Central Wisconsin Recycling Collective recognized ‘recycling excellence’

By Patrick Lynn

A partnership between the solid waste departments in Portage and Marathon counties has resulted in recognition by the Wisconsin Department of Natural Resources.

Citing a new to educate residents about what can be recycled and what cannot, the two counties partnered with the Stevens Point-based nonprofit Recycling Connections to create a unique education program.

The group launched the Central Wisconsin Recycling Collective, a regional education program that will spread the message, “To Bin or Not to Bin” via print and social media, television, direct mailings, and a new website delivering “fun, easy-to-understand, and up-to-date messages,” the group said in an email.

In recognition of the education campaign, the CWRC was recently awarded DNR’s 2020 Recycling Excellence Award for Projects and Initiatives.

In a letter to the group, Brad Wolbert, director for the DNR Waste and Material Management Bureau, said the CWRC “exceeded DNR expectations and provided a higher standard of service to your residents.”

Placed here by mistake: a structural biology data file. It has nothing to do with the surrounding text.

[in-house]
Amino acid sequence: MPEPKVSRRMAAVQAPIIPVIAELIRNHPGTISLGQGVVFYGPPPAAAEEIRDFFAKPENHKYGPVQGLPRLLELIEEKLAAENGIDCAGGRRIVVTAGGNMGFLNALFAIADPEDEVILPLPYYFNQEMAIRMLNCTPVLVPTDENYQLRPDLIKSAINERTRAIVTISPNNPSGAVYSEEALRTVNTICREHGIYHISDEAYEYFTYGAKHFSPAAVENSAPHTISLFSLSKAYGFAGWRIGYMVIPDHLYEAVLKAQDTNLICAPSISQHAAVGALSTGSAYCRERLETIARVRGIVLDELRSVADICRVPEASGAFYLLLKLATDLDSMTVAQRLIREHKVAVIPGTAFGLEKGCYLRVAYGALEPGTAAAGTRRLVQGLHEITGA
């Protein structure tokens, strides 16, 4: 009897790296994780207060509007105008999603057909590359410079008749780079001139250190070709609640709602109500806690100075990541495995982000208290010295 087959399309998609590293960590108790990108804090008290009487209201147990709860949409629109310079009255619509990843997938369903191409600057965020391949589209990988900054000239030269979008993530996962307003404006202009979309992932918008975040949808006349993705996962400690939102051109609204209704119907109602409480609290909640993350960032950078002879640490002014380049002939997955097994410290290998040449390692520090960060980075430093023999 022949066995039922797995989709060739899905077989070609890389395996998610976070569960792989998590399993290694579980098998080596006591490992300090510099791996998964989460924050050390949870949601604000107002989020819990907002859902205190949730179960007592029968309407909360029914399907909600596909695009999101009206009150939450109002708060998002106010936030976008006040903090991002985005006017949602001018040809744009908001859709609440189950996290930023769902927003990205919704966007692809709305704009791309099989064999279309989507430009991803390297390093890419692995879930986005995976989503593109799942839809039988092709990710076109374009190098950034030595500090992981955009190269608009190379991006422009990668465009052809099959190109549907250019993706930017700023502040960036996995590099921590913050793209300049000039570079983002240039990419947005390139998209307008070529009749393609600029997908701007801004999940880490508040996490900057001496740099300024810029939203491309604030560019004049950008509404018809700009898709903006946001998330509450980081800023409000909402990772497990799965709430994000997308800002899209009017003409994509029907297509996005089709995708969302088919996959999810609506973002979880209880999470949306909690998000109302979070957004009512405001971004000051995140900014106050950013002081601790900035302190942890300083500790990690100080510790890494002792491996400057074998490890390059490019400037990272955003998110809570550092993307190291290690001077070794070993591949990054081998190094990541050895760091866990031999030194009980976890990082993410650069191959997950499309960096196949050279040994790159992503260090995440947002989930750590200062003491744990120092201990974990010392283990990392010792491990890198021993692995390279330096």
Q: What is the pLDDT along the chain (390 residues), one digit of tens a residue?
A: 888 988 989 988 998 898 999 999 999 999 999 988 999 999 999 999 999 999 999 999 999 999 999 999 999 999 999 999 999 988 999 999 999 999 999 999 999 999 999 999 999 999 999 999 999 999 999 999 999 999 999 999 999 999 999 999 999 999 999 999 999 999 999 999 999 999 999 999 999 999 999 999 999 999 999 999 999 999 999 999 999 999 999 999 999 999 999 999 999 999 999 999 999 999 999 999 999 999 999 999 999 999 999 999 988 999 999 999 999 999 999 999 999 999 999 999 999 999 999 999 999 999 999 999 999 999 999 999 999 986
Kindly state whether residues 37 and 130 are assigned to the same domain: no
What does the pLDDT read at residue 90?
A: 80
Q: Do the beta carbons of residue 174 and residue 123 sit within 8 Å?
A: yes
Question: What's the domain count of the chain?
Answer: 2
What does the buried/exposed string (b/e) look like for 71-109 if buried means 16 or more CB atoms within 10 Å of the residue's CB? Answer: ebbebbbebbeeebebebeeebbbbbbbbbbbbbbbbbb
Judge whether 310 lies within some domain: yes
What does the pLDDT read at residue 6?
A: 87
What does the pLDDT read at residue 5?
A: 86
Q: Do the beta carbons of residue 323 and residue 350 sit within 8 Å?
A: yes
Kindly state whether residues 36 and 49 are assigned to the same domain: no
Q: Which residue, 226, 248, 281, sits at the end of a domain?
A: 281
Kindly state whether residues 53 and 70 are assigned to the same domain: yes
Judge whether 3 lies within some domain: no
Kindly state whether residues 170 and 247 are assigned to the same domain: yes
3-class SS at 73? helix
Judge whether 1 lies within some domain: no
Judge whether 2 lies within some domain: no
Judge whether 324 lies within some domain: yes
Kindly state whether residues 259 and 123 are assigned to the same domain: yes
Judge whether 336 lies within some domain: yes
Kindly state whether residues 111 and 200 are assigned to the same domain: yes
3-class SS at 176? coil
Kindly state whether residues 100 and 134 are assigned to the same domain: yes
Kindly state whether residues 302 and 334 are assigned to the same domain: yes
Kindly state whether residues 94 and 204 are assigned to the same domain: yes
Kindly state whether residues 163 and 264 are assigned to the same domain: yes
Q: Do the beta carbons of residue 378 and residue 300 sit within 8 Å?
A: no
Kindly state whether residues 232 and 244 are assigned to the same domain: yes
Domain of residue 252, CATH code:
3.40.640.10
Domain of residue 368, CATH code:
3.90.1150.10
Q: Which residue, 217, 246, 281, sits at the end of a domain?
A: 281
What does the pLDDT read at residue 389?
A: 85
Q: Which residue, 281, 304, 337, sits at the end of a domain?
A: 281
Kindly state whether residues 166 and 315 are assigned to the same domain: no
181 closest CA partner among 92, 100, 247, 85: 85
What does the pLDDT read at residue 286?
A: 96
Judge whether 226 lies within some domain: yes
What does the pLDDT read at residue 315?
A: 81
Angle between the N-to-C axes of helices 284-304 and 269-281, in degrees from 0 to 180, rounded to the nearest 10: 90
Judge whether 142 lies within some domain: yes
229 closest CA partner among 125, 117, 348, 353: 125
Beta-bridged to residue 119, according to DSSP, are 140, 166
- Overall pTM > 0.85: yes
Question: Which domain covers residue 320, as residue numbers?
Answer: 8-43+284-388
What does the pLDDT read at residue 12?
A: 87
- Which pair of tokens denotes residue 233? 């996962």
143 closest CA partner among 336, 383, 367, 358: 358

CWRC will be highlighted by DNR in a variety of media releases in conjunction with the upcoming America Recycles Day—Nov. 15—celebration.

“People want to recycle right, but not everything is meant to be recycled in the recycling bin,” said Amanda Haffele, director of the Portage County Solid Waste Department.

Haffele operates the Material Recovery Facility, which operates as a primary processor of the region’s collected recyclables. When residents put items like plastic bags or large plastic toys in the recycling bin, it causes significant disruption to the processing at the MRF, costing more to recycle, she said.

Karin Sieg, executive director of Recycling Connections, has spent decades offering recycling outreach and education in both counties.

“When the Recycling Law was passed in the early 1990s the recycling message was much different than it is today…recycling has evolved,” she said. That evolution caused confusion, so education is important, she added.

Marathon Co. doesn’t operate a MRF but it does work directly with the many haulers who collect recyclables from the region’s businesses, cities, villages, and towns, according to Meleesa Johnson, director of the Marathon Co. Solid Waste Department. Johnson also works as a Portage Co. Board Supervisor and Stevens Point City Councilwoman.

For more information go to https://cwrecyclingcollective.com.